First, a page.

I'd like to pass a Linq query to a method, how do I specify the argument type?

My link query look something like:

var query =
    from p in pointList
    where p.X < 100
    select new {X = p.X, Y = p.Y}

clearly I'm new to Linq, and will probably get rid of the receiving method eventually when I convert the rest of my code, but it seems like something I should know...


  • Do you want to pass the results of the query to the method, or do you want to pass the query to the method (so the method can then use that query on a data source)? – Daniel Earwicker Mar 28 '09 at 17:58

You'll need to either use a normal type for the projection, or make the method you're passing it to generic as well (which will mean you can't do as much with it). What exactly are you trying to do? If you need to use the X and Y values from the method, you'll definitely need to create a normal type. (There are horribly hacky ways of avoiding it, but they're not a good idea.)

Note: some other answers are currently talking about IQueryable<T>, but there's no indication that you're using anything more than LINQ to Objects, in which case it'll be an IEnumerable<T> instead - but the T is currently an anonymous type. That's the bit you'll need to work on if you want to use the individual values within each item. If you're not using LINQ to Objects, please clarify the question and I'll edit this answer.

For example, taking your current query (which is slightly broken, as you can't use two projection initializers twice with the same name X). You'd create a new type, e.g. MyPoint

public sealed class MyPoint
    private readonly int x;
    private readonly int y;
    public int X { get { return x; } }
    public int Y { get { return y; } }

    public MyPoint(int x, int y)
        this.x = x;
        this.y = y;

Your query would then be:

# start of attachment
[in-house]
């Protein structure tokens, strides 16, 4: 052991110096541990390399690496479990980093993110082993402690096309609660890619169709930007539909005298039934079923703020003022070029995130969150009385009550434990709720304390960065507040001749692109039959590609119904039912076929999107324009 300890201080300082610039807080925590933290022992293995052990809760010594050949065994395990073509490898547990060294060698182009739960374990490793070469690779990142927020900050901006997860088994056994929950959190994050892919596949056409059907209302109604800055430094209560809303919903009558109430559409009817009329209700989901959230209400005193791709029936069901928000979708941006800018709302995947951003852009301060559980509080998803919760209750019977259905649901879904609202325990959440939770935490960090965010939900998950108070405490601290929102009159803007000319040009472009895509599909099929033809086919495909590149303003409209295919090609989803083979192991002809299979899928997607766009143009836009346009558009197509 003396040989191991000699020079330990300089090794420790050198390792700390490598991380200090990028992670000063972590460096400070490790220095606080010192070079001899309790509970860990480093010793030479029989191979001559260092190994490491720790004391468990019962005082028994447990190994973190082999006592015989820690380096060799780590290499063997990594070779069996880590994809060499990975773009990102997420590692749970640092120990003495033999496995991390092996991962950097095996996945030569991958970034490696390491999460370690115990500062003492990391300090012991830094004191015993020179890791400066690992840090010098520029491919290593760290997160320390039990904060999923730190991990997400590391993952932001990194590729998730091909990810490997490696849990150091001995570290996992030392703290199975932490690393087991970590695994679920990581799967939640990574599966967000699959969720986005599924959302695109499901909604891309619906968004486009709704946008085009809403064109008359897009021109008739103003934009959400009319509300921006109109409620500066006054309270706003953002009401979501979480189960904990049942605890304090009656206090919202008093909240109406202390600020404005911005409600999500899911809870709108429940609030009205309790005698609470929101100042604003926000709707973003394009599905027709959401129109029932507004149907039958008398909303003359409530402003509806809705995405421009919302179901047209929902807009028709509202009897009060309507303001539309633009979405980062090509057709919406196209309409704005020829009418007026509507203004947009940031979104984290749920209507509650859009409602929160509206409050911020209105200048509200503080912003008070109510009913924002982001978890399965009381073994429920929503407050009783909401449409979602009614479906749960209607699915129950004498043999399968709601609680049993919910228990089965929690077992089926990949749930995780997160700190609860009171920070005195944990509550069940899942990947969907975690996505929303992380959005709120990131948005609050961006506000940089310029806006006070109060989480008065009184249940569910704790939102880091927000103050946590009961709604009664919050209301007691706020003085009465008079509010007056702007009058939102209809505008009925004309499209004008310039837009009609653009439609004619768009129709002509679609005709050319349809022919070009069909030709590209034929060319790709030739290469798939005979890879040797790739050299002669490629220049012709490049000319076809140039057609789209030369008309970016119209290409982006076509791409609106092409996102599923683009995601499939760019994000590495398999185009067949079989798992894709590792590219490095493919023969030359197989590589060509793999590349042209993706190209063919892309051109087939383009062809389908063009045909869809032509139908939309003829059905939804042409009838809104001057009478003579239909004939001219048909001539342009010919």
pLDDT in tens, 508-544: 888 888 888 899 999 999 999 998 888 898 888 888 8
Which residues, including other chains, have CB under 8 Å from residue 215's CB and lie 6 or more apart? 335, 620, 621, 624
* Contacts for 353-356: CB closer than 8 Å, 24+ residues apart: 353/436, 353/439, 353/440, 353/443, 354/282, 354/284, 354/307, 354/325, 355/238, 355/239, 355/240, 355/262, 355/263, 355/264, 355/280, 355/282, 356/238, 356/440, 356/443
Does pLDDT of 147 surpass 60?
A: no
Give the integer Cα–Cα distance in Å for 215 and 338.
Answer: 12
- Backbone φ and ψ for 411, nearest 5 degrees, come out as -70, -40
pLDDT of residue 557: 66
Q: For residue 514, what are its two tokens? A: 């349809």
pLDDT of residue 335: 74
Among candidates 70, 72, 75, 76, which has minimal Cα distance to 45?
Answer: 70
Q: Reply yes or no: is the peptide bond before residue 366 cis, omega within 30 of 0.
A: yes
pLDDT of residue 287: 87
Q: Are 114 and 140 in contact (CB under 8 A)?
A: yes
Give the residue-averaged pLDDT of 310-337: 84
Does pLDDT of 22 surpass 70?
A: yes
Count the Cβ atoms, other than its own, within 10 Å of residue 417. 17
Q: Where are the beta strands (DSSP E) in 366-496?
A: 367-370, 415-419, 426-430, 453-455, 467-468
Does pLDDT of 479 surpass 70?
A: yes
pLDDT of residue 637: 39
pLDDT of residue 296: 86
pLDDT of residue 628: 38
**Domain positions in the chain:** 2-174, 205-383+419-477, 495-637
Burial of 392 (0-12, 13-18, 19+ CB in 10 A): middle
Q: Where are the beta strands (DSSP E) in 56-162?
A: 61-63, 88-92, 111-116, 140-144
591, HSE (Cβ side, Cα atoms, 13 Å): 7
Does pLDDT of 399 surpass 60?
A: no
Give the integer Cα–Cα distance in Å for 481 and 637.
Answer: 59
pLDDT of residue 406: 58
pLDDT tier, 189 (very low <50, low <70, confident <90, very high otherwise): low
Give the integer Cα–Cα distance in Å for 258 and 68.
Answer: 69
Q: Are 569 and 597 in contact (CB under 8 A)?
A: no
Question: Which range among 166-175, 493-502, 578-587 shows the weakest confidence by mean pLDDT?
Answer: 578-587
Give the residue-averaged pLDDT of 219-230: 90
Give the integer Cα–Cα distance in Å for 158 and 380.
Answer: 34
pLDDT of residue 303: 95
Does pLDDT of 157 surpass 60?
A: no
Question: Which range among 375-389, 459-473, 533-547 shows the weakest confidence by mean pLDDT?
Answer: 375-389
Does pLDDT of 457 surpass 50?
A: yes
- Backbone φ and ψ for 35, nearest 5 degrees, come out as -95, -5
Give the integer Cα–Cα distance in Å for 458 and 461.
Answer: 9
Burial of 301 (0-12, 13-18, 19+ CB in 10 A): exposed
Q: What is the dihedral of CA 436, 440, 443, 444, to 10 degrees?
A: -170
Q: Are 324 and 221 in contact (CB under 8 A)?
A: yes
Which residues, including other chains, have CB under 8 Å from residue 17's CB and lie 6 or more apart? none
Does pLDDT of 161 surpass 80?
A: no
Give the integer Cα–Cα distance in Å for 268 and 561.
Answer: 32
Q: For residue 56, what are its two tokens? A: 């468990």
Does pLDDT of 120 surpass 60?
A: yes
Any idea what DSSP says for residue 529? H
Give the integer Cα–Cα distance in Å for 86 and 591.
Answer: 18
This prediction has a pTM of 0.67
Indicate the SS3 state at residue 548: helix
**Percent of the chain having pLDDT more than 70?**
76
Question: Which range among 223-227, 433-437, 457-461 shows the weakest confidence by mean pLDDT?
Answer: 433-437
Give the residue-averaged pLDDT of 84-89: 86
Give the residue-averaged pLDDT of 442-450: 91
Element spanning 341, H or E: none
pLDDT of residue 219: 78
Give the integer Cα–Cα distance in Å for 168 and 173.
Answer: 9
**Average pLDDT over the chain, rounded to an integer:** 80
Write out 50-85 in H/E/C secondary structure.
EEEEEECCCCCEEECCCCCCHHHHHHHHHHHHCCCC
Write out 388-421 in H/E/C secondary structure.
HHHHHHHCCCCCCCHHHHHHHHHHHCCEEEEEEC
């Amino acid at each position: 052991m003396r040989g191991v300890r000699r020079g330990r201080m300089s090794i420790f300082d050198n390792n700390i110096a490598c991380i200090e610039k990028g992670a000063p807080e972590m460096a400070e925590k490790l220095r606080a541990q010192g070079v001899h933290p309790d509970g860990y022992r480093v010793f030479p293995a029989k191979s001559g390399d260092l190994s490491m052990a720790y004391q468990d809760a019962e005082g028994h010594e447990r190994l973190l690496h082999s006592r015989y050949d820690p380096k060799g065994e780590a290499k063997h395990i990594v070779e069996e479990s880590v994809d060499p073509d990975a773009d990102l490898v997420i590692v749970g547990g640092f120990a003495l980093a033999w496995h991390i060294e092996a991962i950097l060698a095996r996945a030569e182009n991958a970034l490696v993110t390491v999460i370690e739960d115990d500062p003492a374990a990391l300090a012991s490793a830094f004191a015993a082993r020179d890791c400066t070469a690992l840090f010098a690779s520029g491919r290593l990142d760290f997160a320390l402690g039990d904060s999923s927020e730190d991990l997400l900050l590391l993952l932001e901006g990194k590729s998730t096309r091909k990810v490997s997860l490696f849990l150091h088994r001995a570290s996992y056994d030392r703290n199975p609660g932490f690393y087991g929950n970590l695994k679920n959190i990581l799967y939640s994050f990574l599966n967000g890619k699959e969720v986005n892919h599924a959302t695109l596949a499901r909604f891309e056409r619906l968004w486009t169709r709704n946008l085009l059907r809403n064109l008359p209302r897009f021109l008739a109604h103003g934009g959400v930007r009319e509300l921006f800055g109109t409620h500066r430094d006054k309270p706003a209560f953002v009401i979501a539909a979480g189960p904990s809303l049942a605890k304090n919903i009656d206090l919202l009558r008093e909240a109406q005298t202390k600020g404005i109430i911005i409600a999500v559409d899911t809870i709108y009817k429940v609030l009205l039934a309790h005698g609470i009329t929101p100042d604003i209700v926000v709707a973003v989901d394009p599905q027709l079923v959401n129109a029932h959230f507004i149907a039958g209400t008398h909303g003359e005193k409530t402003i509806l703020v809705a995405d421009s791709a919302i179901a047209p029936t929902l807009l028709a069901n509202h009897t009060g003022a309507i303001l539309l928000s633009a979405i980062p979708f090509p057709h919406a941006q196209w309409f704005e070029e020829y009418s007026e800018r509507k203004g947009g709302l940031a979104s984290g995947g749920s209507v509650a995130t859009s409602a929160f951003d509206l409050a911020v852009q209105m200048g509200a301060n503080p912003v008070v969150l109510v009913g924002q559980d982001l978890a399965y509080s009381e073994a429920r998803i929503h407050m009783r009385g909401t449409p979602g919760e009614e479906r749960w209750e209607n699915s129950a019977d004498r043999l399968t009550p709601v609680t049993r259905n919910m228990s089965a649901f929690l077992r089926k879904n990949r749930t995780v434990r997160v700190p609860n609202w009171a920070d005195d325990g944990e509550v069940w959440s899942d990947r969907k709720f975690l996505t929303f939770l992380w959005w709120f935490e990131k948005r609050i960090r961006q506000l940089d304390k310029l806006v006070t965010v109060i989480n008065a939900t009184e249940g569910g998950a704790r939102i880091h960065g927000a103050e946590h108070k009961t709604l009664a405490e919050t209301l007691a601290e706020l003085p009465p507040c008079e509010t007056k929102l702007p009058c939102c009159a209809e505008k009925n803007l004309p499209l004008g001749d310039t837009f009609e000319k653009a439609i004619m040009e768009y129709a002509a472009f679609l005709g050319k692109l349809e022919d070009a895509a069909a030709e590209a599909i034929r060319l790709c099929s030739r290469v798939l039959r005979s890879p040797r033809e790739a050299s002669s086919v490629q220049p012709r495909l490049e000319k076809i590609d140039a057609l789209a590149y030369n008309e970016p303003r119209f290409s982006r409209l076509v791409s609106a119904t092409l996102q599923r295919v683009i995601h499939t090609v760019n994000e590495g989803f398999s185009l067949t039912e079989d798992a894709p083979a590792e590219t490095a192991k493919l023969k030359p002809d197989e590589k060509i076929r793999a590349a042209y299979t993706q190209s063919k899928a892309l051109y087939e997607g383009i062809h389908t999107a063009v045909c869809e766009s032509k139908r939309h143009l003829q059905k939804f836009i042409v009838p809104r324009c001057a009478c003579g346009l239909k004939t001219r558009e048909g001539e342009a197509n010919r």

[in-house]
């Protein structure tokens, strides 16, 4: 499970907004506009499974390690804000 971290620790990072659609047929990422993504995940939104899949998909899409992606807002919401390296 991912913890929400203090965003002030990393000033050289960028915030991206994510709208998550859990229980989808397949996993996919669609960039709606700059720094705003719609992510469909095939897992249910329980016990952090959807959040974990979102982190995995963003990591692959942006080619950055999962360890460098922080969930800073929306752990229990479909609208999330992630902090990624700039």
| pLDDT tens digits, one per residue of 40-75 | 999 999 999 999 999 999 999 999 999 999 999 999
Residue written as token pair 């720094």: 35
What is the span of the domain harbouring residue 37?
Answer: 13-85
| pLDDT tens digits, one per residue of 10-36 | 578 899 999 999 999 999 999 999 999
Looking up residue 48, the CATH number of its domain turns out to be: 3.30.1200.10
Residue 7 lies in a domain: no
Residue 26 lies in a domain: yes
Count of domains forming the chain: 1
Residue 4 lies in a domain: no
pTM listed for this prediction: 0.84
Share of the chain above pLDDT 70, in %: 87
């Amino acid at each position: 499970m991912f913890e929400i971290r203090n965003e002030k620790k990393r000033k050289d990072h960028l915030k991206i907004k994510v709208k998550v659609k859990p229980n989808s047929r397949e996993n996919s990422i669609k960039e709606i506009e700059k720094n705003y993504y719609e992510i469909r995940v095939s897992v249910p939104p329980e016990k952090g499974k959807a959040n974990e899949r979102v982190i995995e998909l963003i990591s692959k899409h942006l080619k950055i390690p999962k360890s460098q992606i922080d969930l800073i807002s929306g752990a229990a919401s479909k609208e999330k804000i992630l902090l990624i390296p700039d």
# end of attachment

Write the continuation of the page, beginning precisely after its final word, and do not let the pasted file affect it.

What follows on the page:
var query =
    from p in pointList
    where p.X < 100
    select new MyPoint(p.X, p.Y);

You'd then write your method as:

public void SomeMethod(IEnumerable<MyPoint> points)

And call it as SomeMethod(query);

  • So many people disagreeing with Jon, is that even possible? I mean you almost wrote the book on C#. – Samuel Mar 28 '09 at 17:48
  • I'm trying to step by step convert code to use linq while testing it out as I go. I now have the data set as linq in the beginning of the call sequence so end up with the mess of converting it to the old code halfway down. Seems like I'll be better off converting it all and then testing – Oskar Mar 28 '09 at 17:54
  • 2
    @Samuel: A lot of people see "LINQ" and immediately think "LINQ to SQL" (or entity framework etc). Personally I find LINQ to Objects much more useful for day-to-day work :) – Jon Skeet Mar 28 '09 at 17:55
  • 2
    Disagreeing with Jon? BLASPHEMERS!!!! Stone the heretics! – SirDemon Mar 28 '09 at 17:59
  • I agree with Jon, I just got my answer in before he did... and I had to correct my answer. – irperez Mar 28 '09 at 18:02
public void DoSomething(IQueryable query) { ... }

public void DoSomething<T>(IQueryable<T> query) { ... }

And just in case (if you will need passing expressions):

public void DoSomething(Expression exp) { ... }
  • The type of "query" is certainly not an Expression. It's likely to be an IEnumerable<T> or IQueryable<T>. – Jon Skeet Mar 28 '09 at 17:44
  • 3
    Yeah, I just thought he might be insteresting in passing expressions as well and this gonna be his next question :) – Konstantin Tarkus Mar 28 '09 at 17:50

While both tvanfosson and Jon are correct, you can just write your function to accept an IEnumerable<T> (you can either make your function generic or you can specify the specific concrete generic version you want, which is more likely the correct option) as LINQ to Objects produces an IEnumerable<T> and LINQ to SQL produces an IQueryable<T>, which implements IEnumerable<T>. This option should allow you to be source-agnostic.


I think what you are looking for is the Expression class. For instance,

public void DoSomething()
    User user = GetUser(x => x.ID == 12);

IQueryable<User> UserCollection;

public User GetUser(Expression<Func<User,bool>> expression)
    return UserCollection.expression;

you can also use the below code:

    IEnumerable <TableName> result = from x in dataBase.TableName
                                     select x;     

    private void methodName (IEnumerable<TableName> result) 

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